MATTHEW BOOSE: Republicans have a safe advantage in SCOTUS fight, but it’s not 100%

June 30, 2018

MATTHEW BOOSE: Republicans have a safe advantage in SCOTUS fight, but it’s not 100%

With Anthony Kennedy’s retirement, Republicans have an opportunity to re-shape the Supreme Court for decades to come.

While a conservative replacement looks like a lock to many, it’s imperative that Republicans do not buckle to pressure from the Democrats to choose a weak, moderate justice who will only perpetuate the status quo.

If no Republicans defect, then it’s game over for the Democrats. Nevertheless, the Republicans have a slim majority, and that includes John McCain, Jeff Flake, and two pro-abortion moderates.

Needless to say, this is not the time for McCain or Flake to grandstand about civility and bi-partisanship. The left has made its feelings on civility and compromise very clear these last couple of weeks.

Granted, the situation for Republicans is hardly dire. The rules favor Republicans, who only need a simple majority of 51 votes to win thanks to a rules change last year. Moreover, Flake has signaled that he will not oppose the nominee. What little chance the Democrats have of blocking Trump’s nominee will depend on the success of the strategy they used to force Trump to sign an executive order on immigrant families last week. It’s a question of whether they can use massive protests and pressure campaigns to get Republicans to buckle to their demands.

The timing of Kennedy’s retirement leaves a Republican-controlled Senate and White House with plenty of time to confirm a replacement while they still have a majority, but it also gives the Democrats a window of opportunity to wage their own pressure campaign, ill-fated as it may turn out to be, ahead of the midterms. Republicans have time to make their pick, and Democrats have time to build outrage.

It only took a week for the left to mount a massive pressure campaign that brought mainstream media channels, grassroots activists, and leading lawmakers together to convince Americans across the country that the Trump administration’s border policy was just like the Holocaust. Their propaganda campaign succeeded, with Trump signing an executive order to change the policy and many cheering harassment against administration officials.

The left now has several weeks to convince people that Trump’s nominee will usher in a repressive Christian theocracy. They will stoke fears of Roe V. Wade’s repeal to target vulnerable Republicans as the midterms loom.

Rather than banking on treachery from Flake or McCain, the left may be better off relying on the dissension of Senators Susan Collins (R-Me.) and Lisa Murkowki (R-Ak.), both pro-abortion Republicans.

Both Collins and Murkowski voted to confirm Gorsuch, but that was not a vote to replace a moderate justice and decisively alter the ideological balance of the court. Democrats have some leverage to pressure them now because the stakes are much higher.

Nevertheless, the asymmetry of the situation is palpable. Both parties can use the threat of a referendum in November to keep their parties in line while trying to capture senators across the aisle. For the Democrats to succeed, they must snipe at least one Republican, and possibly more, if any vulnerable Democrats end up siding with Trump. Democrats in states that Trump won, Sens. Joe Donnelly of Indiana, Heidi Heitkamp of North Dakota, and Joe Manchin of West Virginia, all voted to confirm Neil Gorsuch, and Republicans will pressure them to vote for the nominee.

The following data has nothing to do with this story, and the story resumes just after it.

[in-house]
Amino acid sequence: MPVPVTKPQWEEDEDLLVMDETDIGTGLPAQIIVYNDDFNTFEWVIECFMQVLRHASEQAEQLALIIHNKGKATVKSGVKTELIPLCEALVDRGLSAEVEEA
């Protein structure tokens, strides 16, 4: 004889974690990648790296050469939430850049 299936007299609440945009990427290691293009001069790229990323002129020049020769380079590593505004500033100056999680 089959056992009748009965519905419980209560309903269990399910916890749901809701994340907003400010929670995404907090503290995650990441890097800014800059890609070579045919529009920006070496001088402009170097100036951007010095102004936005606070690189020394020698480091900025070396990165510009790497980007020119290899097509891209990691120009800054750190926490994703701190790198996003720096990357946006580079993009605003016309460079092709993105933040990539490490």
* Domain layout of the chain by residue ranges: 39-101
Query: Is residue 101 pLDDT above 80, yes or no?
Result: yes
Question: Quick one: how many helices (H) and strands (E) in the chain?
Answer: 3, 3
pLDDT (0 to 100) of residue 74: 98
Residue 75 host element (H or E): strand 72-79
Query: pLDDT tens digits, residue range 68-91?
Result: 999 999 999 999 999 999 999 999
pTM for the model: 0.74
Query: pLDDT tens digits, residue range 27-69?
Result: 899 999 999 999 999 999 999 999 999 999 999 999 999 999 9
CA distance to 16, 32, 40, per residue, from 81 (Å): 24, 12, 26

Pressuring Republican candidates is a safer bet for the Democrats than any weak, moralizing argument demanding consistency from the Republican party. When the Republicans refused to consider Merrick Garland in 2016, it was a presidential election year. There was a reasonable argument to be made then in favor of waiting for the president to take office. The Democrats may argue that the midterm election determines the composition of the Senate, which confirms the nominee, but the Obama administration confirmed Elena Kagan in 2010, a midterm year.

Frankly, even if there were a double standard, the Republicans have been presented with too precious an opportunity to pass up. In a time where harassment against conservatives is steadily becoming normal, the right cannot refuse a chance to claim institutional power that it desperately needs. Republicans aren’t beholden to any flimsy “McConnell rule.”

Assuming Trump’s choice is confirmed, there is also the question of the nominee’s values. Trump may be temped to pick a moderate justice to ensure the support of swing voters, but the left will bitterly oppose whoever Trump selects as a threat to abortion anyway. Trump should not spoil this opportunity by replacing one moderate justice with another. Even without the support of Collins or Murkowski, there are enough vulnerable red-state Democrats to confirm a strong conservative. If the GOP were to lose Collins and Murkowski but pick up Donnelly, Heitkamp, Manchin, and Flake, they’ll still have 51 votes. Worst case scenario, Mike Pence can break a tie.

All around, things are looking pretty bad for the Democrats, but it’s not locked in yet. Republicans need to back the president and get ready to fight.


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Matthew Boose

Matthew Boose is a staff writer for Conservative Institute. He has a Bachelor's degree from Stony Brook University and has contributed to The Daily Caller and The Stony Brook Press.